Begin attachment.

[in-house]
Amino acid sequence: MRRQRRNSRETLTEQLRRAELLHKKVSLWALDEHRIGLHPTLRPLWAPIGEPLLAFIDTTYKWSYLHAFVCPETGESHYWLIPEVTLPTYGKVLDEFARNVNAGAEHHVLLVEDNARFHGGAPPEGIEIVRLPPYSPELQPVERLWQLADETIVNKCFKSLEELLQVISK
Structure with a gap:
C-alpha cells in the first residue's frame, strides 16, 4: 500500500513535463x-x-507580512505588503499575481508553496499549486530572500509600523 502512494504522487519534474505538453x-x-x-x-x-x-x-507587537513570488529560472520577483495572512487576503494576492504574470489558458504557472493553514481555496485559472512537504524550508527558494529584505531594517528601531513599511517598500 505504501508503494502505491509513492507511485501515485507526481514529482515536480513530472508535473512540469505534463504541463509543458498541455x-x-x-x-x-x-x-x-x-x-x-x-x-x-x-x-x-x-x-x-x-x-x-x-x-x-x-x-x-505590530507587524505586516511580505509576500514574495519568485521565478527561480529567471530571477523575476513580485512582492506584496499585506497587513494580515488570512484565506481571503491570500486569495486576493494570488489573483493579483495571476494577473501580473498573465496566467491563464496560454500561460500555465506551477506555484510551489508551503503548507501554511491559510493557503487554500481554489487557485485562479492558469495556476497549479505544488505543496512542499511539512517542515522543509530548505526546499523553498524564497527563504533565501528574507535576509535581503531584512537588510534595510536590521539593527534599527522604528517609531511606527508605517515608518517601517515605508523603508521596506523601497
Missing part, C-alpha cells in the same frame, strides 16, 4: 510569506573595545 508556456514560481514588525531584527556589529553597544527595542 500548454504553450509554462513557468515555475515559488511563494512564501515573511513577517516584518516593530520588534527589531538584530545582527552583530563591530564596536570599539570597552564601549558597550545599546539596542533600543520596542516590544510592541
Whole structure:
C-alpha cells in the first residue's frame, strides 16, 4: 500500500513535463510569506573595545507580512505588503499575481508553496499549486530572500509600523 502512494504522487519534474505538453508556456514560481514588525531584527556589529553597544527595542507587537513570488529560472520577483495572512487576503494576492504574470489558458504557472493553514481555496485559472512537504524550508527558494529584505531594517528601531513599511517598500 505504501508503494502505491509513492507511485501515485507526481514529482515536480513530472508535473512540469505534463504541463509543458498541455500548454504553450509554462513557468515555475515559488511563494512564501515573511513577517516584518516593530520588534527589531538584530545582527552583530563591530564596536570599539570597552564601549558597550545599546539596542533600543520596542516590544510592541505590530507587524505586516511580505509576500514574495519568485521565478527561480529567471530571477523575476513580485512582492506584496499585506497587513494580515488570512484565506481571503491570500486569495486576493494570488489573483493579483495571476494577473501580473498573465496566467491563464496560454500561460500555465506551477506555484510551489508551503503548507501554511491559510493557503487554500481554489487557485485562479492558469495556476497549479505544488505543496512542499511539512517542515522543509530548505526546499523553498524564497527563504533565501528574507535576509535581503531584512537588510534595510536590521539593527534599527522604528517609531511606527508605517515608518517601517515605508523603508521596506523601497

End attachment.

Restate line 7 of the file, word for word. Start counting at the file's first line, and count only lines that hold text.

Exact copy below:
C-alpha cells in the first residue's frame, strides 16, 4: 500500500513535463510569506573595545507580512505588503499575481508553496499549486530572500509600523 502512494504522487519534474505538453508556456514560481514588525531584527556589529553597544527595542507587537513570488529560472520577483495572512487576503494576492504574470489558458504557472493553514481555496485559472512537504524550508527558494529584505531594517528601531513599511517598500 505504501508503494502505491509513492507511485501515485507526481514529482515536480513530472508535473512540469505534463504541463509543458498541455500548454504553450509554462513557468515555475515559488511563494512564501515573511513577517516584518516593530520588534527589531538584530545582527552583530563591530564596536570599539570597552564601549558597550545599546539596542533600543520596542516590544510592541505590530507587524505586516511580505509576500514574495519568485521565478527561480529567471530571477523575476513580485512582492506584496499585506497587513494580515488570512484565506481571503491570500486569495486576493494570488489573483493579483495571476494577473501580473498573465496566467491563464496560454500561460500555465506551477506555484510551489508551503503548507501554511491559510493557503487554500481554489487557485485562479492558469495556476497549479505544488505543496512542499511539512517542515522543509530548505526546499523553498524564497527563504533565501528574507535576509535581503531584512537588510534595510536590521539593527534599527522604528517609531511606527508605517515608518517601517515605508523603508521596506523601497